AGAIN, there is only one papal tiara that has inscription on it and that is the Belgian Tiara — a magnificent gift from the court of Leopold II to Pope Pius IX in 1871. It bears NO inscription: Vicarius Filii Dei; but the words: CHRISTI VICARIO – IN TERRA – REGUM.

Below is the most celebrated forged document, the Donation of Constantine:


In English that is-

“… as the Blessed Peter is seen to have been constituted VICAR OF THE SON OF GOD on the earth, so the Pontiffs who are the representatives of that same chief of the apostles, should obtain from us and our empire the power of a supremacy greater than the clemency of our earthly imperial serenity is seen to have conceded to it …”

Hence, to emphasize, the use of this forged document to persecute the holy Catholic Church is a shame. Notice that in the said document, it was St. Peter who was called to be the vicar of the Son of God, yet St. Peter is not the Beast in the Book of Revelation.

Now the question would be, who then is the beast with the blasphemous name 666 in the Book of Revelation?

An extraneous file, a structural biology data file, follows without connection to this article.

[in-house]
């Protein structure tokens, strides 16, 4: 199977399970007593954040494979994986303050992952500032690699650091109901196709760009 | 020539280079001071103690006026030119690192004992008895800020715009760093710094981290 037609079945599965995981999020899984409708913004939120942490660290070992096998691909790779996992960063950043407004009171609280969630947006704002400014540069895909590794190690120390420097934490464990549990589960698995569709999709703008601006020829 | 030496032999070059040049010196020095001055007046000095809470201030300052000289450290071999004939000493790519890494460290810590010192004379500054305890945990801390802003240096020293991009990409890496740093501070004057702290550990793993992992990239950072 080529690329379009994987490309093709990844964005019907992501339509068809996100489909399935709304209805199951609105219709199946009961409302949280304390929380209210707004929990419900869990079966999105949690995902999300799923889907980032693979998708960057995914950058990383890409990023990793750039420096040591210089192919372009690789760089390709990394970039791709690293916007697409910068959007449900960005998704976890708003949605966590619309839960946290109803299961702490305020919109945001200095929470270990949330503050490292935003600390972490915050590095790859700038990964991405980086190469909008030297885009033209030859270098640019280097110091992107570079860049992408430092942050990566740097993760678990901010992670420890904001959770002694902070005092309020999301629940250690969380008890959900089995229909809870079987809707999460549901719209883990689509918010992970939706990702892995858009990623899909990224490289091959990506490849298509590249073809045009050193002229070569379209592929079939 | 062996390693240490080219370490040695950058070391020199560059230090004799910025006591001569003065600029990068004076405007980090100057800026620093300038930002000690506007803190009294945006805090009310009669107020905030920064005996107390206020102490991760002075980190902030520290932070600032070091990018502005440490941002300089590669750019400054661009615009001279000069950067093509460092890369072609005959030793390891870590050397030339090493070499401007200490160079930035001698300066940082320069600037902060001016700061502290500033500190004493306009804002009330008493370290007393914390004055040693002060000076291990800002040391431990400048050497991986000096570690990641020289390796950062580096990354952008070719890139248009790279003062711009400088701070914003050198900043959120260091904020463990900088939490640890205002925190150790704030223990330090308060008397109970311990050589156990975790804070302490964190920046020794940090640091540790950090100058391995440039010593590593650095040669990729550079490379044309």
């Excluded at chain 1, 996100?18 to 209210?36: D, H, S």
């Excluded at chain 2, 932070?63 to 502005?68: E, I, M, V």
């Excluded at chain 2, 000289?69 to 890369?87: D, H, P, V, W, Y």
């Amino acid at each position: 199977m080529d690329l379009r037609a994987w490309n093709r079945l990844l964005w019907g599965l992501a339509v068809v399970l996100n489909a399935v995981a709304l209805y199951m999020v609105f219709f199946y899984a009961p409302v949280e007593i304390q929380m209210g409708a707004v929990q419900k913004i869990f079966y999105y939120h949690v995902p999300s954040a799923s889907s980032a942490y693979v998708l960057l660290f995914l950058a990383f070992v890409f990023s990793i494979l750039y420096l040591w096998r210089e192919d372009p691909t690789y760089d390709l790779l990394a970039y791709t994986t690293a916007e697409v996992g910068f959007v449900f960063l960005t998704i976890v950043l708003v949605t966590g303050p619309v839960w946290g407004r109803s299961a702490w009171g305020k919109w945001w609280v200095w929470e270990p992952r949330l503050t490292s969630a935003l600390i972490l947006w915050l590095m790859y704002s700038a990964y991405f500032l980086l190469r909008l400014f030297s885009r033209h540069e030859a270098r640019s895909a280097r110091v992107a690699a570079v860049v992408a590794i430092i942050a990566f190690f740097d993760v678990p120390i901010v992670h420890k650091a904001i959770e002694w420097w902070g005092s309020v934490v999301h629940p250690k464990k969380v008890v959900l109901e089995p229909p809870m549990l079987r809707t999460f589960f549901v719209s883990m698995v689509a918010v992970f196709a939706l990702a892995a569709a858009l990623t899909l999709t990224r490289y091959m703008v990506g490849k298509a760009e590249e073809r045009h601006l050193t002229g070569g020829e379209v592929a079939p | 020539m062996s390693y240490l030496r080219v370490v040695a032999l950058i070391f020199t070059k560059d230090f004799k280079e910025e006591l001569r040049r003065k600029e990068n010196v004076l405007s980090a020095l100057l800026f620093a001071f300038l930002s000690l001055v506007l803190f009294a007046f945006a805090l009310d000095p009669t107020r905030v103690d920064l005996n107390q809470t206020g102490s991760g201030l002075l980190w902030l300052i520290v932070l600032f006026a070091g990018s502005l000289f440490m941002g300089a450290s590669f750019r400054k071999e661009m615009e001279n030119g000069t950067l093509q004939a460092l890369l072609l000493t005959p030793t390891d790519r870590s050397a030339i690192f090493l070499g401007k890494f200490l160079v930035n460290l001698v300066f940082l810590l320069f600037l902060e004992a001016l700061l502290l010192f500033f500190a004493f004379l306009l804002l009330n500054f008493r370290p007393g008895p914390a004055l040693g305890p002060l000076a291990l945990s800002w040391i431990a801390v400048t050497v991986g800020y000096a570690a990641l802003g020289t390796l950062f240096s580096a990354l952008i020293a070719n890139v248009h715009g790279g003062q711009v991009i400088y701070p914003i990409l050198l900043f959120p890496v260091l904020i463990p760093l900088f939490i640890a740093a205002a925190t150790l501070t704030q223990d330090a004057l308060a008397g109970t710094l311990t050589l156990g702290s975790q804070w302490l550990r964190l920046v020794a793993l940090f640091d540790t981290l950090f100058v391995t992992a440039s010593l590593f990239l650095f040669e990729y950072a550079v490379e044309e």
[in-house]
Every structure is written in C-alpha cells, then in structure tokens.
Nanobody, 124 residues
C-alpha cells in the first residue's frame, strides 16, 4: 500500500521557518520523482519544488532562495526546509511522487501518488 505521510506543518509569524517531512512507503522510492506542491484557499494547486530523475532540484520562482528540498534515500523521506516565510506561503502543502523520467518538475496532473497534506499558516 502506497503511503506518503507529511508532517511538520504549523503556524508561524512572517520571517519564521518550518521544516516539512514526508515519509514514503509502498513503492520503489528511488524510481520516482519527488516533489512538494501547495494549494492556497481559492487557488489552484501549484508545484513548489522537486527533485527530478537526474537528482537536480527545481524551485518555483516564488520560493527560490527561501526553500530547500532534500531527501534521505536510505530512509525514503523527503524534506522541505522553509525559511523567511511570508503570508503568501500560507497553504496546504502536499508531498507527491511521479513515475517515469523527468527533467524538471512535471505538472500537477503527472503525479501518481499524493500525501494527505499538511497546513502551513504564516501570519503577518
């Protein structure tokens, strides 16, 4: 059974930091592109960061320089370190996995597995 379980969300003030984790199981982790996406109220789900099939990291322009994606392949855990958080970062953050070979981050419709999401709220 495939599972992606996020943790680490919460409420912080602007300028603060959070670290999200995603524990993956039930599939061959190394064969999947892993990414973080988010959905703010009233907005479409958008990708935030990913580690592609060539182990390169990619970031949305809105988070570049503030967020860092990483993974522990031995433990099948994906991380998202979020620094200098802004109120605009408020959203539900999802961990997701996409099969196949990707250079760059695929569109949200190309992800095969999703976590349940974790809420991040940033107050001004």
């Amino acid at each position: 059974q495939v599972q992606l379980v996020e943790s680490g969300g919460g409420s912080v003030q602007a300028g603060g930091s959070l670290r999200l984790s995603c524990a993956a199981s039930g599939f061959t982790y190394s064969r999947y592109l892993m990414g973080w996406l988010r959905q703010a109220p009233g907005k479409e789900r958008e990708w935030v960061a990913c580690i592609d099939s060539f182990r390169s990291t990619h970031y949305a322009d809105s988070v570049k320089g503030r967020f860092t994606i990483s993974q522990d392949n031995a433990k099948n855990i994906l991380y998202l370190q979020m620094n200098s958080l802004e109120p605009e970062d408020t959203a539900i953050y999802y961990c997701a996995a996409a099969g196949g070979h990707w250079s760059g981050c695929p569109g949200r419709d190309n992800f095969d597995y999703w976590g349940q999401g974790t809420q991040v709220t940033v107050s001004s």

Urging to urderstand that Vicarius Filii Dei, if it is really a Pope’s official title, is not a man’s name but a mere description of authority. The beast forseen by St. John has a NAME OF A MAN that counts to 666.

“And that no man might buy or sell, save he that had the mark, or the name of the beast, or the number of his name.  Here is wisdom. Let him that hath understanding count the number of the beast: for it is the number of a man; and his number is Six hundred threescore and six.”

— Revelation 13:17-18 —

Thus, the Pope is not the beast with blasphemous name. The Vicarius Filii Dei is neither a pope’s name nor his official title.

“If the person making this claim disputes these facts, ask him to furnish an example of the alleged title, Vicarius Filii Dei, being used officially by a pope. You won’t encounter papal decrees, conciliar statements, or other authentic, official Catholic documents in which the pope calls himself the ‘Vicar of the Son of God.’ Why? Because no such examples exist. Vicarius Filii Dei has never been an official title of the pope.” (Pope Fiction, by Patrick Madrid, 1999, pg. 91.)

“There are men who will build up a hundred weak and frivolous arguments against Catholicity, that they may have the easy pleasure of refuting them. They remind me of children who build up houses of tile-shards, such sport is it for them to cast then down again.” -St. Thomas More-